AGCO launches industry’s first Class 8 large square baler at AGRITECHNICA

AGCO Hesston Square Baler Class Intro 021417 f33a9987 dd67 4feb 8925 7ca6dd98c4fa prvSmall and large square balers are ranked in Class 1 through Class 8 using rated plunger load. (Image source: AGCO)AGCO Corporation has introduced the industry’s first Class 8 large square baler at AgriTechnica in Hanover, Germany

The Model 2370 UHD baler has been created to meet the needs of large commercial hay growers, operations that export hay and biomass material and businesses harvesting biomass for the biofuels and livestock feed industries.

This new baler is designed specifically for producing heavy, dense bales from light-weight, dry, slick grass and crop residue that can be hard to bale. It offers the throughput and reliability large operations require when harvest windows are small, and tons-harvested-per-day is driving an operation’s profitability.

“As their market demands increase, our customers have asked for even more capacity, density and reliability from large square balers,” said Shaun Allred, tactical marketing manager for hay and forage products at AGCO. “Our engineers in Hesston, Kan., went to work, and the result is the industry’s first Class 8 baler. The Model 2370 UHD makes 3’ X 4’ bales with 20 percent greater density than our industry-leading Model 2270XD baler, and it is built with the durability to run under high loads, covering thousands of acres, bale after bale.”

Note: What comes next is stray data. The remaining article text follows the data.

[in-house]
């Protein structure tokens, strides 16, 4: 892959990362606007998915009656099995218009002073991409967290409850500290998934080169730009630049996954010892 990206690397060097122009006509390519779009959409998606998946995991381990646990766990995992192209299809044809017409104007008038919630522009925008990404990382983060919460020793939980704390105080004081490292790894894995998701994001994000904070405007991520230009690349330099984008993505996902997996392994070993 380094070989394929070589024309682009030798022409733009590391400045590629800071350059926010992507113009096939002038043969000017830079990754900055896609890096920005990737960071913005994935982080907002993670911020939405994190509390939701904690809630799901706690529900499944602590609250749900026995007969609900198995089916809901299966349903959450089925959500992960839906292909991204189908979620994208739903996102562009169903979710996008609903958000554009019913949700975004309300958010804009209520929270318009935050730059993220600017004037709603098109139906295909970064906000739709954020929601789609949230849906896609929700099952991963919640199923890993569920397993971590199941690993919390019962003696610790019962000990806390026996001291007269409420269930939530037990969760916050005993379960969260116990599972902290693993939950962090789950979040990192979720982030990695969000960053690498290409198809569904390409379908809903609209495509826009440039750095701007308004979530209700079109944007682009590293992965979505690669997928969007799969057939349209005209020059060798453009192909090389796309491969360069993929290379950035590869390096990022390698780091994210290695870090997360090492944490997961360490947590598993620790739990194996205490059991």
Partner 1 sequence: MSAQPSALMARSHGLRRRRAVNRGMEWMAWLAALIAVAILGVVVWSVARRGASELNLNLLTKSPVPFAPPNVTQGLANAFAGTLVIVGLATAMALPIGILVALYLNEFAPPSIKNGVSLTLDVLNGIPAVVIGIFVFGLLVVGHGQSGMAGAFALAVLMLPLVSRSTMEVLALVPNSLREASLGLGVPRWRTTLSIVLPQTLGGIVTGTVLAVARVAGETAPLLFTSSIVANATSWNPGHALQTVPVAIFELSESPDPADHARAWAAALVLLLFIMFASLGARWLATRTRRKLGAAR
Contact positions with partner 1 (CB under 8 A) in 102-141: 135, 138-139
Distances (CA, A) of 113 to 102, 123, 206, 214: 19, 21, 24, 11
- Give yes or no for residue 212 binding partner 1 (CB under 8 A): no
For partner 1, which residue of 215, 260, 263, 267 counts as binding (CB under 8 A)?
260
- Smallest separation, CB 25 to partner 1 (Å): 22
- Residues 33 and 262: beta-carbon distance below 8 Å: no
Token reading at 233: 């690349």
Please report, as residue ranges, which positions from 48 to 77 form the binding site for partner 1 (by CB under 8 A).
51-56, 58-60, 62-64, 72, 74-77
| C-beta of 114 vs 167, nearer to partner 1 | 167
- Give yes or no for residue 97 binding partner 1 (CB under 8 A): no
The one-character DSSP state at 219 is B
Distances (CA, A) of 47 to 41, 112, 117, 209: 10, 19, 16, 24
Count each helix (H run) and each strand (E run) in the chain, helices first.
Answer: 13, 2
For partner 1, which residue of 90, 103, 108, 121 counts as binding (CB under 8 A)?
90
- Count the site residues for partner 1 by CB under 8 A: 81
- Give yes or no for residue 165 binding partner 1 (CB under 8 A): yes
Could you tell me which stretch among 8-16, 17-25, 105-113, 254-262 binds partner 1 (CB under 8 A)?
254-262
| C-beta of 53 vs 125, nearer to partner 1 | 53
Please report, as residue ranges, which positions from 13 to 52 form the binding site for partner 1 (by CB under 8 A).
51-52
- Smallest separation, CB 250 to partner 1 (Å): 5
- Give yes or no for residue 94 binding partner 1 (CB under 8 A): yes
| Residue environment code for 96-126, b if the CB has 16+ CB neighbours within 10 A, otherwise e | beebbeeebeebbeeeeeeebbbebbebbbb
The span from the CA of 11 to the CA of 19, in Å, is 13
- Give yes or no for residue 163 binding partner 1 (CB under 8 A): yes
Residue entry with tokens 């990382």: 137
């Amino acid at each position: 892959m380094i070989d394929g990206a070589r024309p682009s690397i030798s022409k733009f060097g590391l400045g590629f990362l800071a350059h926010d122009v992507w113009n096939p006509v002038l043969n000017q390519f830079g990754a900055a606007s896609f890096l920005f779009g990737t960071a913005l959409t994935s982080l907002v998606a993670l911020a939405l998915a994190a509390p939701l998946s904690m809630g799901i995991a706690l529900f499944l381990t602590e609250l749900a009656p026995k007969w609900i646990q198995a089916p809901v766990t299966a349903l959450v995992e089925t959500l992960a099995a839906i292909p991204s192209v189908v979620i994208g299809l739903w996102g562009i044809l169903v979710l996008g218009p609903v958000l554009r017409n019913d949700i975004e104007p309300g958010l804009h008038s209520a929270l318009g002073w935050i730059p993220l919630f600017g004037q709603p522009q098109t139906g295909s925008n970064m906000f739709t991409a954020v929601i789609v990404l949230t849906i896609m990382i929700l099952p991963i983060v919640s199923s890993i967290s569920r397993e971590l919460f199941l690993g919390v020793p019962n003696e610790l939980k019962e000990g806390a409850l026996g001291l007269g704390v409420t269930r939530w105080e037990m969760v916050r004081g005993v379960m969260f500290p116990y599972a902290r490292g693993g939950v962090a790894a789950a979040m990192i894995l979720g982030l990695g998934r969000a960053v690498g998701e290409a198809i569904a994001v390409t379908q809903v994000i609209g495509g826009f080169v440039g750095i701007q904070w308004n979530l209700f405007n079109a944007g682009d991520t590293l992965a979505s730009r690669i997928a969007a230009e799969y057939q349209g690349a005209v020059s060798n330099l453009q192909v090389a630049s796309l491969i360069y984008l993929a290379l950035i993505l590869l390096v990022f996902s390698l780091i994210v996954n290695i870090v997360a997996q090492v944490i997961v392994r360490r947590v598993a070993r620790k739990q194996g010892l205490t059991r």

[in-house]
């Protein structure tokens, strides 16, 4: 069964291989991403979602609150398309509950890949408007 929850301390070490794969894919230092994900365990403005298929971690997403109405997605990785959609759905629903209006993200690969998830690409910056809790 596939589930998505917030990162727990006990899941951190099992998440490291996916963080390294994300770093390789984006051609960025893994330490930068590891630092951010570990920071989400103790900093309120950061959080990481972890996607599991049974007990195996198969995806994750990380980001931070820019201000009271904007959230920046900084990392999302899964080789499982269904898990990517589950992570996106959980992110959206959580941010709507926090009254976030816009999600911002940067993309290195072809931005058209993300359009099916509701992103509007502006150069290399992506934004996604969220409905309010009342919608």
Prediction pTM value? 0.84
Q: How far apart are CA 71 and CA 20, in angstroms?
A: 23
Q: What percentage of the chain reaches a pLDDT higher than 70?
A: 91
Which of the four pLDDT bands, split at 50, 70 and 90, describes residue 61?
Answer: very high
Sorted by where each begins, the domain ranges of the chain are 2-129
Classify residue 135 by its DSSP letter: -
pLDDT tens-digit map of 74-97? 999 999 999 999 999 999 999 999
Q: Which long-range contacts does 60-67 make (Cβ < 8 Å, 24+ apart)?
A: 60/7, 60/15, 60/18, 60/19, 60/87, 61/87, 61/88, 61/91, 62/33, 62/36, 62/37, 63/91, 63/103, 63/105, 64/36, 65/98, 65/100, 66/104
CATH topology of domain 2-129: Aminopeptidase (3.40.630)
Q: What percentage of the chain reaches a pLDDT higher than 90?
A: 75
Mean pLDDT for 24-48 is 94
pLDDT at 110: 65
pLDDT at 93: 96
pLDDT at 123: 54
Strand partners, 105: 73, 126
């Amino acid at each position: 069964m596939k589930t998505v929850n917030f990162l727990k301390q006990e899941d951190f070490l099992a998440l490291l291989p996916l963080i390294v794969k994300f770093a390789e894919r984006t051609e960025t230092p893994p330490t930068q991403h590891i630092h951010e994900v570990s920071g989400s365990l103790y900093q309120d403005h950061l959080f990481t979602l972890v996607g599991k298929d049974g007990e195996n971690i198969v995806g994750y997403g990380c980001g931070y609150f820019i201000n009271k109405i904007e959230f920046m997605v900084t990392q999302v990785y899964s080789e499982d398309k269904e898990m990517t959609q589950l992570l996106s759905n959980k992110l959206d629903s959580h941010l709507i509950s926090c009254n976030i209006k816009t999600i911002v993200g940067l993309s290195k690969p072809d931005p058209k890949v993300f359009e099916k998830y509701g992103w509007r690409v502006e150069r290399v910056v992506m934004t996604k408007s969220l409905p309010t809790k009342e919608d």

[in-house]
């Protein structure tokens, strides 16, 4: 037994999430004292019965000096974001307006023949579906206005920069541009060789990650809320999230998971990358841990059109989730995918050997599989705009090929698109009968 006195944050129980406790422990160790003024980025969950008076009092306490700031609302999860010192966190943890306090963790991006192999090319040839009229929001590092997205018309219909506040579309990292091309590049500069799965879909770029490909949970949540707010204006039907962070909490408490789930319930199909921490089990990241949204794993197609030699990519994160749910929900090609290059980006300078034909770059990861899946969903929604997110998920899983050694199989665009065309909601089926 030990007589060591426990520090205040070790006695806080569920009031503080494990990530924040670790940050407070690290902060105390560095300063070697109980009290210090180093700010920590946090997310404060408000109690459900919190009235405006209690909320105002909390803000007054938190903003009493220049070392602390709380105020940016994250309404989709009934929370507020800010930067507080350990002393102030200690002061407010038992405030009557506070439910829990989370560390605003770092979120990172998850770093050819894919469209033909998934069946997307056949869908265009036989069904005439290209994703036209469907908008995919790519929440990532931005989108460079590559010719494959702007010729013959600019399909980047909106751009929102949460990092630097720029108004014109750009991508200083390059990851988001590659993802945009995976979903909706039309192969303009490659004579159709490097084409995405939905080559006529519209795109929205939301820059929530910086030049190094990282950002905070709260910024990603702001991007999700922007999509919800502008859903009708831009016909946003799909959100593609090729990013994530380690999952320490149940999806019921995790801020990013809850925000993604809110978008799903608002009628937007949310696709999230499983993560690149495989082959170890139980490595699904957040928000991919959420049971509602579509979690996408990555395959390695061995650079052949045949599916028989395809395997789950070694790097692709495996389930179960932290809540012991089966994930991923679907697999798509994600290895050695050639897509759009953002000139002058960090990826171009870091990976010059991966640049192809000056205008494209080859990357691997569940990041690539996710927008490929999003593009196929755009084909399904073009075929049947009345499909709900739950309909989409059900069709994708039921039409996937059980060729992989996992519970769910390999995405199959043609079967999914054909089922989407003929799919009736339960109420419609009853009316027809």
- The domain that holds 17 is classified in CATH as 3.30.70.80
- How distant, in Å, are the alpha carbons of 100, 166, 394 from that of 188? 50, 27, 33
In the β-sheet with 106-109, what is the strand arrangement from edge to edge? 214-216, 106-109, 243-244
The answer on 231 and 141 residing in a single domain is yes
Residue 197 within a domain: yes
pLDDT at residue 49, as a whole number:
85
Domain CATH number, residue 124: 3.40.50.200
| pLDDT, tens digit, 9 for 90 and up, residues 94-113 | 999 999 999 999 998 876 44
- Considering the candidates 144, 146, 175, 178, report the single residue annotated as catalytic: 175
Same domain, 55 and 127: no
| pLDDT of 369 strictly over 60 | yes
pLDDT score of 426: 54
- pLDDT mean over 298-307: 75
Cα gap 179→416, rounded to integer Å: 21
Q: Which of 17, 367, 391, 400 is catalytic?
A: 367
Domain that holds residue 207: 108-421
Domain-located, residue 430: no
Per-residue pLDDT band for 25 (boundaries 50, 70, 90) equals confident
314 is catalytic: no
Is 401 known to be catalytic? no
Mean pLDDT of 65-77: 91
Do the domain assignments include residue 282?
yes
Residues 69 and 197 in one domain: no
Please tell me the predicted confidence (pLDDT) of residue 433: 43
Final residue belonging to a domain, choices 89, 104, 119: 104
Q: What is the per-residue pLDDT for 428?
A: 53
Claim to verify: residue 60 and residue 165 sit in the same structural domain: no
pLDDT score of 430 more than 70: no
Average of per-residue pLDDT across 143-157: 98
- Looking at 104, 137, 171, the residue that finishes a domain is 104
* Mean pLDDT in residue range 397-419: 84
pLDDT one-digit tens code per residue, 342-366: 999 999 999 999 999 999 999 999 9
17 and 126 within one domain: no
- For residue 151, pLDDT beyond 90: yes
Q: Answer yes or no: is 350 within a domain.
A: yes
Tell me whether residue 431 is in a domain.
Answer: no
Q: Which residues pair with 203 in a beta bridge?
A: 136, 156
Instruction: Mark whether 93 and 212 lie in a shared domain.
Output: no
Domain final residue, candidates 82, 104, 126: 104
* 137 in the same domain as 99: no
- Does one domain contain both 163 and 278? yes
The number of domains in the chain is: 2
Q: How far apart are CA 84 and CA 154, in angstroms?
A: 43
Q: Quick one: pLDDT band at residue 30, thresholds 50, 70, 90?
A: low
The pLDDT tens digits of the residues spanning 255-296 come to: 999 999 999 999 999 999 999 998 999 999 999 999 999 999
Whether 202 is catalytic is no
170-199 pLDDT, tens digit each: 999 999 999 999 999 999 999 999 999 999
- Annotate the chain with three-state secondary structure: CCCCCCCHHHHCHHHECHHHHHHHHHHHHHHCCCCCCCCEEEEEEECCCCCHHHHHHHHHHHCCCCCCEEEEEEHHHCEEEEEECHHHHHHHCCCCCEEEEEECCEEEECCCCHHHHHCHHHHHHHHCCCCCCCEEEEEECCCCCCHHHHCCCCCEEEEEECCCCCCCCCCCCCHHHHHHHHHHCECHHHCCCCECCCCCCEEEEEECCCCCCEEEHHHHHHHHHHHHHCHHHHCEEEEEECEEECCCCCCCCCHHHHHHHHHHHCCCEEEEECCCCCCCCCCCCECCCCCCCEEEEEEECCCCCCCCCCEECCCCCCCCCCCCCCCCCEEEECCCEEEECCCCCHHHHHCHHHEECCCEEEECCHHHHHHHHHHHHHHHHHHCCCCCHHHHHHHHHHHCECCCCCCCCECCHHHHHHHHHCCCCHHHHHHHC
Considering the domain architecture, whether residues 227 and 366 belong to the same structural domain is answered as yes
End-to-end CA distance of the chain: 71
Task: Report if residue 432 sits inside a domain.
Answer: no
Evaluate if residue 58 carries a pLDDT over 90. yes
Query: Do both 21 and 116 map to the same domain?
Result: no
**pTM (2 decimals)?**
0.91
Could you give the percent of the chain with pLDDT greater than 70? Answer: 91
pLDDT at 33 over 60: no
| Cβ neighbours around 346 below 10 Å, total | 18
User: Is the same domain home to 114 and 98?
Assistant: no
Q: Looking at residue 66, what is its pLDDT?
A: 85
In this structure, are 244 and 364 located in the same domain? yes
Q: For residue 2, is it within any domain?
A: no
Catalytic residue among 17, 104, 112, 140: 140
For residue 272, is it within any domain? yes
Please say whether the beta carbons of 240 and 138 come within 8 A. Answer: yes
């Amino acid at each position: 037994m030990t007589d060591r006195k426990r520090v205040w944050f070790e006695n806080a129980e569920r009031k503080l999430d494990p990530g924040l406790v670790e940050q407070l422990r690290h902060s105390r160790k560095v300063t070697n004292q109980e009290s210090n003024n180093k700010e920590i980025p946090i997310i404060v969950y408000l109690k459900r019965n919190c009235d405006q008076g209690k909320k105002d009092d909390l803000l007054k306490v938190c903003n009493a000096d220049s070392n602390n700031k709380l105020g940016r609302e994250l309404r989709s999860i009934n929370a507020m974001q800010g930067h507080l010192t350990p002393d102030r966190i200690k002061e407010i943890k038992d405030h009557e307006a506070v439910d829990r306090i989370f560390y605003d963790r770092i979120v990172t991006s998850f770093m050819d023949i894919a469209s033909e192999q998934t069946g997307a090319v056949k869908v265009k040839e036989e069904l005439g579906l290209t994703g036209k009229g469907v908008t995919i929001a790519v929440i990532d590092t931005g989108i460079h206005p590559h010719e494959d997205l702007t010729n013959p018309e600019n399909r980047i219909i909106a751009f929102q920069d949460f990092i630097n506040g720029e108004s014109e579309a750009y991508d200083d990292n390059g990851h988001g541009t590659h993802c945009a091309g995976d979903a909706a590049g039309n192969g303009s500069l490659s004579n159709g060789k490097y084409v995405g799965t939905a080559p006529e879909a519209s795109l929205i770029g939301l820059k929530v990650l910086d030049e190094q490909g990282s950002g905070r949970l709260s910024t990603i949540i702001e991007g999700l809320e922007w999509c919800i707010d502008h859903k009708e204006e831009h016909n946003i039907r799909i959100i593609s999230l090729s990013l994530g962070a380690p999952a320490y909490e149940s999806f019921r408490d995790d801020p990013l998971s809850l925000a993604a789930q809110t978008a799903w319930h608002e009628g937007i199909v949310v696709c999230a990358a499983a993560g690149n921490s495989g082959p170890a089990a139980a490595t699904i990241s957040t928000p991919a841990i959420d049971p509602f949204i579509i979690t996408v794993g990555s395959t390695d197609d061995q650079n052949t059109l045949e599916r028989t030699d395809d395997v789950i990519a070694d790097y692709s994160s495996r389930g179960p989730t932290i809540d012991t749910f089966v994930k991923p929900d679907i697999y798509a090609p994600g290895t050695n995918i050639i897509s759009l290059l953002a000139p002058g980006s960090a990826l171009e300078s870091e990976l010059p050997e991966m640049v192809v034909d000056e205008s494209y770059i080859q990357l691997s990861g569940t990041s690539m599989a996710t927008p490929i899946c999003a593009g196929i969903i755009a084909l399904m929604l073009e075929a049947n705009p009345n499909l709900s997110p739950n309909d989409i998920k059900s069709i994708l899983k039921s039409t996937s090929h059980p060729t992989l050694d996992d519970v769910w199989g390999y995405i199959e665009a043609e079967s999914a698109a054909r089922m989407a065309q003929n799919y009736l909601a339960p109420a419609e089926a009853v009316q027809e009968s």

Small and large square balers are ranked in Class 1 through Class 8 using rated plunger load, the most measurable factor impacting a bale’s density. Class 8 is for balers with 750-plus kilonewtons (kN) plunger force, the highest classification.

Key features of the new large square baler, include a faster, 15 per cent heavier, more powerful plunger that operates at 50 strokes per minute. It packs a maximum load capacity of 760 kilonewtons (kN) – 63 per cent greater than the 2270XD baler. It also offers a heavy-duty main chassis frame, designed to handle heavier loads commonly seen when producing ultra-high-density bales. An all new OptiFlow pickup assembly system with five tine bars and 80 double tines on the pickup assembly to deliver 25 per cent greater pickup capacity compared to previous Hesston balers is naohter new feature. The machine is has a simple design with fewer cylinders, hoses, couplers and hardware compared to competitive balers, to help reduce maintenance and service and offers greater twine capacity and new shielding that makes service faster and easier which also helps keep the baler running more hours for greater productivity.

Alain Charles Publishing, University House, 11-13 Lower Grosvenor Place, London, SW1W 0EX, UK
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